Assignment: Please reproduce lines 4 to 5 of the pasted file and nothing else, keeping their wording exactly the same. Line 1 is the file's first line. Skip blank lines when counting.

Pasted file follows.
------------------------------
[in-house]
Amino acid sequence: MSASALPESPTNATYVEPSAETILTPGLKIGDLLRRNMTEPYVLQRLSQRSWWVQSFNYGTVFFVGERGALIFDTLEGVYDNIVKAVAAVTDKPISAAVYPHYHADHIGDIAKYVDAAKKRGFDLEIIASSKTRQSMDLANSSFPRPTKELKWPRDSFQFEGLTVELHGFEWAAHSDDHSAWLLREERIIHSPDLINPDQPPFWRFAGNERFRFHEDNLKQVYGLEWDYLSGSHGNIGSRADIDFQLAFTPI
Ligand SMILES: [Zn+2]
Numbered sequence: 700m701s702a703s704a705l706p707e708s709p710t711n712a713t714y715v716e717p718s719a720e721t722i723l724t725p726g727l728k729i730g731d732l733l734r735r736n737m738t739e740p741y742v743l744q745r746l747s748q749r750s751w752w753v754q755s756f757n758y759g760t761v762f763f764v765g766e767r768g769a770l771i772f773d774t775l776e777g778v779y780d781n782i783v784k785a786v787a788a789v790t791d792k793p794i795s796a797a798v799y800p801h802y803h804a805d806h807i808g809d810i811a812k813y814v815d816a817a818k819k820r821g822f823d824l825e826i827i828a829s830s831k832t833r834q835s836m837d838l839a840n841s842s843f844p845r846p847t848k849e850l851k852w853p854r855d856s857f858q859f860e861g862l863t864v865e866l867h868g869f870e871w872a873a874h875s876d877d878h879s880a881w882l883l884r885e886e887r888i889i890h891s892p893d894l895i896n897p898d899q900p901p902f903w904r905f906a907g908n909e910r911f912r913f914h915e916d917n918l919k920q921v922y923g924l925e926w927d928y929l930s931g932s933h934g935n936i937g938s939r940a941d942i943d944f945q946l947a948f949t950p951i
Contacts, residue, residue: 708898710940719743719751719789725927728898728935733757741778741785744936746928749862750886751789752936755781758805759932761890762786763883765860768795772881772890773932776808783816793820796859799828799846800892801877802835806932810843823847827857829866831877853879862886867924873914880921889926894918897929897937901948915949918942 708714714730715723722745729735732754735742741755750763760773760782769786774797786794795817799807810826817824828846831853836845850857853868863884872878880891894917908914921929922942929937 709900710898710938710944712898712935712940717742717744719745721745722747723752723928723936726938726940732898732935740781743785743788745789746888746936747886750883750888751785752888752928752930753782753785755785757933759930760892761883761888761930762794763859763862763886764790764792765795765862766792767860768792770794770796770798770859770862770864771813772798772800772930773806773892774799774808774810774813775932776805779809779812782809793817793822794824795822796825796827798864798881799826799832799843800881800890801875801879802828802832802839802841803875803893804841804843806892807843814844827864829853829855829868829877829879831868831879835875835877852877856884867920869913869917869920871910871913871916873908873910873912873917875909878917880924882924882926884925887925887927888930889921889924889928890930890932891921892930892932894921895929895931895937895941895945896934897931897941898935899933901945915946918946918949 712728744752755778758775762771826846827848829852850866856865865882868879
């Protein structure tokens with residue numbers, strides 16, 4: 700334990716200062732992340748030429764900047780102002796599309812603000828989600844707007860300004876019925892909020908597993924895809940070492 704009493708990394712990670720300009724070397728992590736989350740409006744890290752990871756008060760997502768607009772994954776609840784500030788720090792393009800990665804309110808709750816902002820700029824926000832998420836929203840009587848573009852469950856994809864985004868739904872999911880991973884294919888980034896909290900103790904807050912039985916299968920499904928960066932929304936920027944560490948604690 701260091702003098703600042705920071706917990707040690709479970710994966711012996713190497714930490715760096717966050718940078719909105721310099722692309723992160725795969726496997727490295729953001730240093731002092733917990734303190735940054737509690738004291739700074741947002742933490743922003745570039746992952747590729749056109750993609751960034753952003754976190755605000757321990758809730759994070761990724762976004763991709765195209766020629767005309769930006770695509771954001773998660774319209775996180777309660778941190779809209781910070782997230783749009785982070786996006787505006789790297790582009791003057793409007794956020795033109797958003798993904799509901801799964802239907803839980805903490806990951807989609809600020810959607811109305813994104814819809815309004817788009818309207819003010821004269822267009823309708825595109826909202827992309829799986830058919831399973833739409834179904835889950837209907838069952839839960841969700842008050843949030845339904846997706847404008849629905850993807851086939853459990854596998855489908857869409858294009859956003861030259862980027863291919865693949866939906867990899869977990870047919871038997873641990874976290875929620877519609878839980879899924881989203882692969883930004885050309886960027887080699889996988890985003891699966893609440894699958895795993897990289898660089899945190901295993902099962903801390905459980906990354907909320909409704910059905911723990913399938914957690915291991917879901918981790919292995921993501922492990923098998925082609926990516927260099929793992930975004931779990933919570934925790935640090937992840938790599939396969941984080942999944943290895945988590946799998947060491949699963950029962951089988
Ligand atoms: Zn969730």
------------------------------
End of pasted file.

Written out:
Numbered sequence: 700m701s702a703s704a705l706p707e708s709p710t711n712a713t714y715v716e717p718s719a720e721t722i723l724t725p726g727l728k729i730g731d732l733l734r735r736n737m738t739e740p741y742v743l744q745r746l747s748q749r750s751w752w753v754q755s756f757n758y759g760t761v762f763f764v765g766e767r768g769a770l771i772f773d774t775l776e777g778v779y780d781n782i783v784k785a786v787a788a789v790t791d792k793p794i795s796a797a798v799y800p801h802y803h804a805d806h807i808g809d810i811a812k813y814v815d816a817a818k819k820r821g822f823d824l825e826i827i828a829s830s831k832t833r834q835s836m837d838l839a840n841s842s843f844p845r846p847t848k849e850l851k852w853p854r855d856s857f858q859f860e861g862l863t864v865e866l867h868g869f870e871w872a873a874h875s876d877d878h879s880a881w882l883l884r885e886e887r888i889i890h891s892p893d894l895i896n897p898d899q900p901p902f903w904r905f906a907g908n909e910r911f912r913f914h915e916d917n918l919k920q921v922y923g924l925e926w927d928y929l930s931g932s933h934g935n936i937g938s939r940a941d942i943d944f945q946l947a948f949t950p951i
Contacts, residue, residue: 708898710940719743719751719789725927728898728935733757741778741785744936746928749862750886751789752936755781758805759932761890762786763883765860768795772881772890773932776808783816793820796859799828799846800892801877802835806932810843823847827857829866831877853879862886867924873914880921889926894918897929897937901948915949918942 708714714730715723722745729735732754735742741755750763760773760782769786774797786794795817799807810826817824828846831853836845850857853868863884872878880891894917908914921929922942929937 709900710898710938710944712898712935712940717742717744719745721745722747723752723928723936726938726940732898732935740781743785743788745789746888746936747886750883750888751785752888752928752930753782753785755785757933759930760892761883761888761930762794763859763862763886764790764792765795765862766792767860768792770794770796770798770859770862770864771813772798772800772930773806773892774799774808774810774813775932776805779809779812782809793817793822794824795822796825796827798864798881799826799832799843800881800890801875801879802828802832802839802841803875803893804841804843806892807843814844827864829853829855829868829877829879831868831879835875835877852877856884867920869913869917869920871910871913871916873908873910873912873917875909878917880924882924882926884925887925887927888930889921889924889928890930890932891921892930892932894921895929895931895937895941895945896934897931897941898935899933901945915946918946918949 712728744752755778758775762771826846827848829852850866856865865882868879